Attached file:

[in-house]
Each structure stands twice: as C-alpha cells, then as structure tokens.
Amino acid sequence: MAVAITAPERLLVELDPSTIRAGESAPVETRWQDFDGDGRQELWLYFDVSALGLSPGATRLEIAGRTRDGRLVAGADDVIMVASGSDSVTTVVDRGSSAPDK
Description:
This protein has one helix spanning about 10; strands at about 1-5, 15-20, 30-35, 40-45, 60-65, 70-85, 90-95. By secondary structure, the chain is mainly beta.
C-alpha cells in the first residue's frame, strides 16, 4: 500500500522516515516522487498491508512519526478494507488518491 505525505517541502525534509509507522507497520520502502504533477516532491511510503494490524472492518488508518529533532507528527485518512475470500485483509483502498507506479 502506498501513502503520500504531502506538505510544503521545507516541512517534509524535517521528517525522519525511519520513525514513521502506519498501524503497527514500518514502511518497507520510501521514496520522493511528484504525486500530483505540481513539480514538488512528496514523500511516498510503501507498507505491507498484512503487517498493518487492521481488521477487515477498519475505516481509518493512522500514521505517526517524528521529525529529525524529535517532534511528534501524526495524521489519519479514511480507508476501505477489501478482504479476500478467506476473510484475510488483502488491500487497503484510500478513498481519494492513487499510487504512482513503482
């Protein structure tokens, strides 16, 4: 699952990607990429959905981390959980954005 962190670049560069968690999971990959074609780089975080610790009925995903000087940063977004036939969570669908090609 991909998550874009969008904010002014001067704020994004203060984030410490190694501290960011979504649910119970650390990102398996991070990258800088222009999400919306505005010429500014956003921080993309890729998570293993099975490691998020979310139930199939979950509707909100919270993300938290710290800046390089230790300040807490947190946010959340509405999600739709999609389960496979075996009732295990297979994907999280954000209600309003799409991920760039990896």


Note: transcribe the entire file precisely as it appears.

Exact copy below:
[in-house]
Each structure stands twice: as C-alpha cells, then as structure tokens.
Amino acid sequence: MAVAITAPERLLVELDPSTIRAGESAPVETRWQDFDGDGRQELWLYFDVSALGLSPGATRLEIAGRTRDGRLVAGADDVIMVASGSDSVTTVVDRGSSAPDK
Description:
This protein has one helix spanning about 10; strands at about 1-5, 15-20, 30-35, 40-45, 60-65, 70-85, 90-95. By secondary structure, the chain is mainly beta.
C-alpha cells in the first residue's frame, strides 16, 4: 500500500522516515516522487498491508512519526478494507488518491 505525505517541502525534509509507522507497520520502502504533477516532491511510503494490524472492518488508518529533532507528527485518512475470500485483509483502498507506479 502506498501513502503520500504531502506538505510544503521545507516541512517534509524535517521528517525522519525511519520513525514513521502506519498501524503497527514500518514502511518497507520510501521514496520522493511528484504525486500530483505540481513539480514538488512528496514523500511516498510503501507498507505491507498484512503487517498493518487492521481488521477487515477498519475505516481509518493512522500514521505517526517524528521529525529529525524529535517532534511528534501524526495524521489519519479514511480507508476501505477489501478482504479476500478467506476473510484475510488483502488491500487497503484510500478513498481519494492513487499510487504512482513503482
């Protein structure tokens, strides 16, 4: 699952990607990429959905981390959980954005 962190670049560069968690999971990959074609780089975080610790009925995903000087940063977004036939969570669908090609 991909998550874009969008904010002014001067704020994004203060984030410490190694501290960011979504649910119970650390990102398996991070990258800088222009999400919306505005010429500014956003921080993309890729998570293993099975490691998020979310139930199939979950509707909100919270993300938290710290800046390089230790300040807490947190946010959340509405999600739709999609389960496979075996009732295990297979994907999280954000209600309003799409991920760039990896």